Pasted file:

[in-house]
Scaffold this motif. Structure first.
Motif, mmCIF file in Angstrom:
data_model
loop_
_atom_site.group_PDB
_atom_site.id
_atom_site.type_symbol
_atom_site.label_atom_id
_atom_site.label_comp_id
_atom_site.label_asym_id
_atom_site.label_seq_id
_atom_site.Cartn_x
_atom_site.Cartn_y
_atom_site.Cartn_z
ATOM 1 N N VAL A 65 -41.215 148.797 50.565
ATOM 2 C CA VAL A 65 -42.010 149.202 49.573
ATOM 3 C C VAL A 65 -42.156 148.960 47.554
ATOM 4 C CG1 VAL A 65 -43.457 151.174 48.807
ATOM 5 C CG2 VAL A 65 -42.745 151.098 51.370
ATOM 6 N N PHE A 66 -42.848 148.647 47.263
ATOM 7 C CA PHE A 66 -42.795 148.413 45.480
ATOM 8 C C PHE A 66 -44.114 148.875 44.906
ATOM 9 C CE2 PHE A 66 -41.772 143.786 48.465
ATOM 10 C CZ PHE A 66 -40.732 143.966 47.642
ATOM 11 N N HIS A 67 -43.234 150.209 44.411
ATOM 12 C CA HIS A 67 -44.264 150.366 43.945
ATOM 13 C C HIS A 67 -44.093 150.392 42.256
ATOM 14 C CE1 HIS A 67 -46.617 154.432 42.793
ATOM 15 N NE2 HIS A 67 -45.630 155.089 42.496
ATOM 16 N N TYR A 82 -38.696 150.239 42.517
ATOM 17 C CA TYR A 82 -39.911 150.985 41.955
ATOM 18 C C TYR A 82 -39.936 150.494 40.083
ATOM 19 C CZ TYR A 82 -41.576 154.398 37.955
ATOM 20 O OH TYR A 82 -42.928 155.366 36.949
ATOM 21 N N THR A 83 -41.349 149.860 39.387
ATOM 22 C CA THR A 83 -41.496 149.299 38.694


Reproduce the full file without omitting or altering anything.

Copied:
[in-house]
Scaffold this motif. Structure first.
Motif, mmCIF file in Angstrom:
data_model
loop_
_atom_site.group_PDB
_atom_site.id
_atom_site.type_symbol
_atom_site.label_atom_id
_atom_site.label_comp_id
_atom_site.label_asym_id
_atom_site.label_seq_id
_atom_site.Cartn_x
_atom_site.Cartn_y
_atom_site.Cartn_z
ATOM 1 N N VAL A 65 -41.215 148.797 50.565
ATOM 2 C CA VAL A 65 -42.010 149.202 49.573
ATOM 3 C C VAL A 65 -42.156 148.960 47.554
ATOM 4 C CG1 VAL A 65 -43.457 151.174 48.807
ATOM 5 C CG2 VAL A 65 -42.745 151.098 51.370
ATOM 6 N N PHE A 66 -42.848 148.647 47.263
ATOM 7 C CA PHE A 66 -42.795 148.413 45.480
ATOM 8 C C PHE A 66 -44.114 148.875 44.906
ATOM 9 C CE2 PHE A 66 -41.772 143.786 48.465
ATOM 10 C CZ PHE A 66 -40.732 143.966 47.642
ATOM 11 N N HIS A 67 -43.234 150.209 44.411
ATOM 12 C CA HIS A 67 -44.264 150.366 43.945
ATOM 13 C C HIS A 67 -44.093 150.392 42.256
ATOM 14 C CE1 HIS A 67 -46.617 154.432 42.793
ATOM 15 N NE2 HIS A 67 -45.630 155.089 42.496
ATOM 16 N N TYR A 82 -38.696 150.239 42.517
ATOM 17 C CA TYR A 82 -39.911 150.985 41.955
ATOM 18 C C TYR A 82 -39.936 150.494 40.083
ATOM 19 C CZ TYR A 82 -41.576 154.398 37.955
ATOM 20 O OH TYR A 82 -42.928 155.366 36.949
ATOM 21 N N THR A 83 -41.349 149.860 39.387
ATOM 22 C CA THR A 83 -41.496 149.299 38.694